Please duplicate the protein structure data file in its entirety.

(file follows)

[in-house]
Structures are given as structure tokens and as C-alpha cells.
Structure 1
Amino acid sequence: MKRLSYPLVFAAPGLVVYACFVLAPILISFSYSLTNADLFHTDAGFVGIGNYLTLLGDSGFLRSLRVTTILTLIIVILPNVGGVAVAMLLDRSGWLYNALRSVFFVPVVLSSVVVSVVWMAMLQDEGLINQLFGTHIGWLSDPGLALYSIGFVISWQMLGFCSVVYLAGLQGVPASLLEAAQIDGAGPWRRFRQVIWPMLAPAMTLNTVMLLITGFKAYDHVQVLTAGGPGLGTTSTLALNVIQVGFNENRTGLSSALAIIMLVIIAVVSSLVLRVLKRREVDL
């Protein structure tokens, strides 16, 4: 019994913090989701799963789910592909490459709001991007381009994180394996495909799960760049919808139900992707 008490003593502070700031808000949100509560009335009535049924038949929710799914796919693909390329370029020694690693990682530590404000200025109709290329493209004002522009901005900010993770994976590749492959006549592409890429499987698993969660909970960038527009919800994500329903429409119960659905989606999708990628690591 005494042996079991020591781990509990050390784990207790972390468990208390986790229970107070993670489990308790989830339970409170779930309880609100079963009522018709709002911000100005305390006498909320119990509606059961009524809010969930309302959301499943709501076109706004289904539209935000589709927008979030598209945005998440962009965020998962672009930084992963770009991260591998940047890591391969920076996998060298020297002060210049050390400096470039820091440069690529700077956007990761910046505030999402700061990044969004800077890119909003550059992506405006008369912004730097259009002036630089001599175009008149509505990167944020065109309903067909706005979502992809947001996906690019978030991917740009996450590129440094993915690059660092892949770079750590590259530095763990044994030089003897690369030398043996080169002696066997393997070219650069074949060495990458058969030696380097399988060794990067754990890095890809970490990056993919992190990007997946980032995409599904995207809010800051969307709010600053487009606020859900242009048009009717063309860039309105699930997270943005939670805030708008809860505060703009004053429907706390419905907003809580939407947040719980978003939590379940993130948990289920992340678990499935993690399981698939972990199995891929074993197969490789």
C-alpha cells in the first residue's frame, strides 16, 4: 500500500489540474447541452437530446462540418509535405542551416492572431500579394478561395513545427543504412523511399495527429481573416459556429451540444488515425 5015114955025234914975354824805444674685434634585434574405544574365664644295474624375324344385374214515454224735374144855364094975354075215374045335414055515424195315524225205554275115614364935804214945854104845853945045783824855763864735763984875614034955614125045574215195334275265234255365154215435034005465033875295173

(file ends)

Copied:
[in-house]
Structures are given as structure tokens and as C-alpha cells.
Structure 1
Amino acid sequence: MKRLSYPLVFAAPGLVVYACFVLAPILISFSYSLTNADLFHTDAGFVGIGNYLTLLGDSGFLRSLRVTTILTLIIVILPNVGGVAVAMLLDRSGWLYNALRSVFFVPVVLSSVVVSVVWMAMLQDEGLINQLFGTHIGWLSDPGLALYSIGFVISWQMLGFCSVVYLAGLQGVPASLLEAAQIDGAGPWRRFRQVIWPMLAPAMTLNTVMLLITGFKAYDHVQVLTAGGPGLGTTSTLALNVIQVGFNENRTGLSSALAIIMLVIIAVVSSLVLRVLKRREVDL
């Protein structure tokens, strides 16, 4: 019994913090989701799963789910592909490459709001991007381009994180394996495909799960760049919808139900992707 008490003593502070700031808000949100509560009335009535049924038949929710799914796919693909390329370029020694690693990682530590404000200025109709290329493209004002522009901005900010993770994976590749492959006549592409890429499987698993969660909970960038527009919800994500329903429409119960659905989606999708990628690591 005494042996079991020591781990509990050390784990207790972390468990208390986790229970107070993670489990308790989830339970409170779930309880609100079963009522018709709002911000100005305390006498909320119990509606059961009524809010969930309302959301499943709501076109706004289904539209935000589709927008979030598209945005998440962009965020998962672009930084992963770009991260591998940047890591391969920076996998060298020297002060210049050390400096470039820091440069690529700077956007990761910046505030999402700061990044969004800077890119909003550059992506405006008369912004730097259009002036630089001599175009008149509505990167944020065109309903067909706005979502992809947001996906690019978030991917740009996450590129440094993915690059660092892949770079750590590259530095763990044994030089003897690369030398043996080169002696066997393997070219650069074949060495990458058969030696380097399988060794990067754990890095890809970490990056993919992190990007997946980032995409599904995207809010800051969307709010600053487009606020859900242009048009009717063309860039309105699930997270943005939670805030708008809860505060703009004053429907706390419905907003809580939407947040719980978003939590379940993130948990289920992340678990499935993690399981698939972990199995891929074993197969490789």
C-alpha cells in the first residue's frame, strides 16, 4: 500500500489540474447541452437530446462540418509535405542551416492572431500579394478561395513545427543504412523511399495527429481573416459556429451540444488515425 5015114955025234914975354824805444674685434634585434574405544574365664644295474624375324344385374214515454224735374144855364094975354075215374045335414055515424195315524225205554275115614364935804214945854104845853945045783824855763864735763984875614034955614125045574215195334275265234255365154215435034005465033875295173